Lessons in Business Innovation From the Payment Megagiant

Square proves that the best business innovations are the ones we don’t even notice. If you’ve bought a cup of coffee from a local cafe lately, you’ve probably engaged in a familiar ritual. You hand your card to the barista. They swipe it on a little white dongle plugged into an iPad, and then they swivel the screen to face you. You add a tip, scrawl something vaguely resembling your signature, grab your drink, and head out the door.

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The entire process is quick and painless, eliminating the need for you to rummage around in your wallet for the appropriate bills and change. But who do you have to thank for this totally seamless transaction? Look no further than Square, founded in 2009 by Twitter founder Jack Dorsey and his friend and former boss Jim McKelvey.

Before Square hit the scene, if a small-business owner wanted to accept payment by credit card, it was a clunky, costly process. To accept plastic, merchants had to register, which was an expensive, difficult headache that most people simply couldn’t afford. This resulted in thousands of dollars in missed sales for vendors. And it was an annoying hassle for customers looking to easily make a purchase.

The Origin Story

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I knew what it was like to be a small merchant and be excluded from commerce because I didn’t have a credit card system,” says computer engineer Jim McKelvey, who once had a glass-blowing side hustle. He once failed to make a $2,000 sale because the buyer didn’t have cash on hand — a frustrating outcome he vowed never to repeat. So McKelvey, backed by celebrity CEO Dorsey and iOS engineer Tristan O’Tierney, built the application that would eventually become Square.

Since the beginning, Square has always been about efficiency and ease of use. All you need is a free white dongle that connects to any iPhone, iPad, or Android device. Instead of charging sneaky fees, Square uses a straightforward, transparent payment model. It’s one more time-consuming inconvenience scratched off business owners’ lists.

Square proves that solutions to common problems have the power to revolutionize the way we do business. Since its inception, the company has experienced insane growth, becoming almost ubiquitous with merchants of all types in just a few years. It now boasts over 600 employees and a valuation of more than $26 billion.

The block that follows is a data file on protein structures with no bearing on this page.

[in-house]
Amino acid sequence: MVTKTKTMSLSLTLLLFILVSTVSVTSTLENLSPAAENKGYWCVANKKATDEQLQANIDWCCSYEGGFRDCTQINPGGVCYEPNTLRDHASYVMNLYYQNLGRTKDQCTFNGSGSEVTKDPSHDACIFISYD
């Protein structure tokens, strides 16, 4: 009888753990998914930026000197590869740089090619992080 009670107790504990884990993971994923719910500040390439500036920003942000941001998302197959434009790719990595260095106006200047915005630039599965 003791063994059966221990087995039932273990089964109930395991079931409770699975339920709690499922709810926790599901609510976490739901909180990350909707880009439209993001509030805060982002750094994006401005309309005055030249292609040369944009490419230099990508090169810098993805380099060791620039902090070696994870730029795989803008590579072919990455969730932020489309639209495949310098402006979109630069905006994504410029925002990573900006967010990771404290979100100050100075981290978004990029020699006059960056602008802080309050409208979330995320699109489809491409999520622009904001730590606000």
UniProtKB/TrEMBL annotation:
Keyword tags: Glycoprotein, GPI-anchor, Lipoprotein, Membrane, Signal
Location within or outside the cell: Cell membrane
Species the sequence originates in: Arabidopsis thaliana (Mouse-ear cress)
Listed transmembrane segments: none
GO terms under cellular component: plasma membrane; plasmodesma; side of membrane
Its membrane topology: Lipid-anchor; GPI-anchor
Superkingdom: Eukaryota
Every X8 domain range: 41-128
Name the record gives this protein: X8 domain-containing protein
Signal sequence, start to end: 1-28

A Crash Course in Business Innovation

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It all comes down to making a daily process easier for everyone involved. No business owner wants to register to accept credit cards. Fewer people want to walk around with cash in their pocket. Square removes these everyday obstructions to commerce, allowing customers and businesses to connect as quickly and easily as possible.

So what can we, the owners of small and midsize businesses, learn from a multibillion-dollar success story like Square? We don’t have the CEO celebrity clout of Jim McKelvey. And we’re unlikely to drum up millions of dollars in investment while forcing the credit card companies to rewrite the way they work. But you can draw a two-step lesson from their Cinderella story:

  1. Identify a common problem amidst a key demographic.
  2. Create a simple solution to that problem.

Too many entrepreneurs start thinking up solutions before they’ve even identified the problem. Analyze and break down an obstacle into its constituent parts. Then you can formulate an answer that will stick.

To innovate, you need to see beyond the ordinary paradigm. If Square is any indication, your product needs to not only be a powerful, compelling solution to the problem you’ve set out to solve, it needs to do so with as little effort as possible on the part of the customer. And ease of use should always be at the top of your mind, regardless of what you’re selling.

If you can provide a service or product that streamlines the work and lives of those around you, you’ll quickly become invaluable. In Square’s case, less time and money wasted on fees and document-wrangling allows small business owners to get back to making money. It’s this basic concept of simplification that has made Square a no-brainer for so many merchants.

The Takeaway

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Finding a simple solution to an everyday problem can lead to extraordinary results. Square’s success proves that if you offer an elegantly designed service that saves customers and businesses time and money, you can fundamentally change the way small businesses operate for the better.

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